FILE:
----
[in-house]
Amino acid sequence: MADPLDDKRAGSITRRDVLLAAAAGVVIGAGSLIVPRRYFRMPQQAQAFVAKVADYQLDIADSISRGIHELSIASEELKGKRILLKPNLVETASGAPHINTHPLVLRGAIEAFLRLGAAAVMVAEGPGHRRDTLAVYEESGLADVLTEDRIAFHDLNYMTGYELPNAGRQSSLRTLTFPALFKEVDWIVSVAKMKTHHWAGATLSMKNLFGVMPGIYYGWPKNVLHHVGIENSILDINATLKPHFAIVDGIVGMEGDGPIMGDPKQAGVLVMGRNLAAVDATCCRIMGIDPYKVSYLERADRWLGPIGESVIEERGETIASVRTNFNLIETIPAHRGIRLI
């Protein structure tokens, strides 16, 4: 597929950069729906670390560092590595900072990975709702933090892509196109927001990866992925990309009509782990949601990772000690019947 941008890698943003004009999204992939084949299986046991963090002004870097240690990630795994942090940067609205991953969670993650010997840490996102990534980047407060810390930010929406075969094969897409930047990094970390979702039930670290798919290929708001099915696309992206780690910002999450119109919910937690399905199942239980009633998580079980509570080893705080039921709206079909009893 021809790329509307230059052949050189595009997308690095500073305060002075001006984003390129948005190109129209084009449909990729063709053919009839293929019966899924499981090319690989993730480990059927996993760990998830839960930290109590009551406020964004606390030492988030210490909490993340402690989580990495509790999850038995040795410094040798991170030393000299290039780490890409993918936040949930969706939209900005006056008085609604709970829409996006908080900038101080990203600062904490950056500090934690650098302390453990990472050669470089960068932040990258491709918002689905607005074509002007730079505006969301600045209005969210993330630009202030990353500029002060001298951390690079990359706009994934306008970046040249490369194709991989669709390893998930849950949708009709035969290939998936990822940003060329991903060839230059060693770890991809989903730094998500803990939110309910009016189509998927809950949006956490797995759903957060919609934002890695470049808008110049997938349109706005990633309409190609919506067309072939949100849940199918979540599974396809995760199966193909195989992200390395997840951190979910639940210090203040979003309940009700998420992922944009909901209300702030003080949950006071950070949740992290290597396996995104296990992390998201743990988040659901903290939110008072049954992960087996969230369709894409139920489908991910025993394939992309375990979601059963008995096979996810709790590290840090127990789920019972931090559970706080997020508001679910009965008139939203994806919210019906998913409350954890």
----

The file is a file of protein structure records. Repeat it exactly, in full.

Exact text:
[in-house]
Amino acid sequence: MADPLDDKRAGSITRRDVLLAAAAGVVIGAGSLIVPRRYFRMPQQAQAFVAKVADYQLDIADSISRGIHELSIASEELKGKRILLKPNLVETASGAPHINTHPLVLRGAIEAFLRLGAAAVMVAEGPGHRRDTLAVYEESGLADVLTEDRIAFHDLNYMTGYELPNAGRQSSLRTLTFPALFKEVDWIVSVAKMKTHHWAGATLSMKNLFGVMPGIYYGWPKNVLHHVGIENSILDINATLKPHFAIVDGIVGMEGDGPIMGDPKQAGVLVMGRNLAAVDATCCRIMGIDPYKVSYLERADRWLGPIGESVIEERGETIASVRTNFNLIETIPAHRGIRLI
């Protein structure tokens, strides 16, 4: 597929950069729906670390560092590595900072990975709702933090892509196109927001990866992925990309009509782990949601990772000690019947 941008890698943003004009999204992939084949299986046991963090002004870097240690990630795994942090940067609205991953969670993650010997840490996102990534980047407060810390930010929406075969094969897409930047990094970390979702039930670290798919290929708001099915696309992206780690910002999450119109919910937690399905199942239980009633998580079980509570080893705080039921709206079909009893 021809790329509307230059052949050189595009997308690095500073305060002075001006984003390129948005190109129209084009449909990729063709053919009839293929019966899924499981090319690989993730480990059927996993760990998830839960930290109590009551406020964004606390030492988030210490909490993340402690989580990495509790999850038995040795410094040798991170030393000299290039780490890409993918936040949930969706939209900005006056008085609604709970829409996006908080900038101080990203600062904490950056500090934690650098302390453990990472050669470089960068932040990258491709918002689905607005074509002007730079505006969301600045209005969210993330630009202030990353500029002060001298951390690079990359706009994934306008970046040249490369194709991989669709390893998930849950949708009709035969290939998936990822940003060329991903060839230059060693770890991809989903730094998500803990939110309910009016189509998927809950949006956490797995759903957060919609934002890695470049808008110049997938349109706005990633309409190609919506067309072939949100849940199918979540599974396809995760199966193909195989992200390395997840951190979910639940210090203040979003309940009700998420992922944009909901209300702030003080949950006071950070949740992290290597396996995104296990992390998201743990988040659901903290939110008072049954992960087996969230369709894409139920489908991910025993394939992309375990979601059963008995096979996810709790590290840090127990789920019972931090559970706080997020508001679910009965008139939203994806919210019906998913409350954890």